If you’re humble enough, you’ll learn something new every day. Sometimes it’s mundane stuff. Like that word you’ve always known but whose pronunciation you’ve never bothered to confirm. Until you read it out loud in public and embarrass yourself. For me that word was chasm.
Other times, it is the funny stuff. Like when you want to impress and order collard greens at a pretentious hotel, only to start contesting that you didn’t ask for sukuma wiki when your order finally comes. Makes others question your apparent sophistication.
But sometimes, you learn things that change your thinking in profound ways.
Recently, I learnt about a different way to look at an individual’s financial position.
If you read my articles (and tweets), you know I never waste a chance to tout the net worth statement as the most fundamental step towards calling sanity into your personal finance. That remains true. A net worth statement is a simple yet powerful tool that everybody who’s serious about attaining financial peace, tracking progress, and keeping themselves accountable should have.
But even as I waxed poetic, extolling the virtues of the indispensable net worth statement, I have had some questions.
First, unlike companies that can include intangible assets like goodwill and patents on their balance sheets, the personal net worth statement only accommodates monetary and physical possessions. Is this all we have?
Second, given that the net worth number is diminutive for a significant number of years into employment for most people, isn’t encouraging people to prepare their net worth statement the surest way to get them to give up about their finances?
I think of the diligent college student: full of stamina, talent, and potential, but who has taken out multiple loans to pay for school, to the point that they have a decidedly negative net worth. How helpful is a net worth statement to them?
It turns out, a net wealth statement addresses these deficiencies. It can do so because, not only does it account for the usual items that appear on a net worth statement, but also intangible assets and liabilities -both present and future. And yes, it accounts for potential – although that’s not what it calls it.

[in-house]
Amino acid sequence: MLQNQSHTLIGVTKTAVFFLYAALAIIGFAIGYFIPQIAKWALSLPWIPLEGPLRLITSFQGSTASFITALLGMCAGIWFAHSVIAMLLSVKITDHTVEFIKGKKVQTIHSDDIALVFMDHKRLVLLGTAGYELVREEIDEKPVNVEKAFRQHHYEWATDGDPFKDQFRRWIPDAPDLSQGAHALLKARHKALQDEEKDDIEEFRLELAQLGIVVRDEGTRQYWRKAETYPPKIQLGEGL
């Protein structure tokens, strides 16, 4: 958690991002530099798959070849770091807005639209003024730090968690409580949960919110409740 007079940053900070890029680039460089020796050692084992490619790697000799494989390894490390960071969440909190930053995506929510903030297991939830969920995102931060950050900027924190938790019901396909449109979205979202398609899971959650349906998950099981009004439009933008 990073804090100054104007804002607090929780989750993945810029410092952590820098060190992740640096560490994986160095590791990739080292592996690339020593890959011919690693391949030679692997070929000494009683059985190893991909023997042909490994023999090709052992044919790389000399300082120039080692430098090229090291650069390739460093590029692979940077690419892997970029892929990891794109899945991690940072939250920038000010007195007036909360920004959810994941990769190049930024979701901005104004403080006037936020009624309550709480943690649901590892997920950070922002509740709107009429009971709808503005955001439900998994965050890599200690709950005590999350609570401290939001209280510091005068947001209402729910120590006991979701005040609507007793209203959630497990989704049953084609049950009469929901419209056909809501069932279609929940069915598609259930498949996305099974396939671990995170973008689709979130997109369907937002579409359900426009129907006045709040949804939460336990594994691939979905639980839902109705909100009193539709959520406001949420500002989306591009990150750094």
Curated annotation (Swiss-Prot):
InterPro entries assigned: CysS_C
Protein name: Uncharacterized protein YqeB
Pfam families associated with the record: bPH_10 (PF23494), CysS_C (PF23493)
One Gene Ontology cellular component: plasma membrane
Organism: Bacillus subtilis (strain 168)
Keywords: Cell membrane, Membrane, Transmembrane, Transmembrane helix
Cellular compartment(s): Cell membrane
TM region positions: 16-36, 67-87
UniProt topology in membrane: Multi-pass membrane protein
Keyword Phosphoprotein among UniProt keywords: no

On the assets side, you then list all the intangible assets – current and future. For many people, the most significant asset will be your earning power. If your salary is Sh. 50,000 and you expect it to increase at an average of 5% per year until retirement, there is a way to discount all that expected future income into one single number. Think of it as the amount someone would have to pay you today to quit working forever. The same can be done for any business income, pension, non-monetary benefits, insurance policies etc.
Of course, the same applies on the liabilities side. The biggest liability will probably be your expected future personal expenses. These future expenses represent a liability owed to yourself. Again, you can discount the sum of your expected future expenses into one number. Think of it as the amount of money you would need right now to fund the rest of your life. (This is called present value in financial parlance)
It is important at this point to mention that, a net wealth statement is simple in theory but complicated in practice. Indeed, a satisfactory net wealth statement might require some fair tinkering with mathematical finance concepts. This includes time value of money calculations which, thankfully, can be easily dealt with on Excel or with special calculators. However, figuring out things like the appropriate discount rate to apply for the calculations will require more arcane finance skills.
The net wealth statement is also subject to significant subjectivity, including estimates on future income, length of life or employment. If one estimate is way off, it can invalidate the entire analysis. Proper execution in all honesty calls for a qualified, meticulous financial advisor.
The point is not to show you how difficult it is to come up with a net wealth statement. But given the complexity of the endeavour, most people should stick with the humble net worth statement.
However, if you are a nerd or have been discouraged by your persistent or growing negative net worth and were looking for ways to be more upbeat, then a net wealth statement could be just what you need.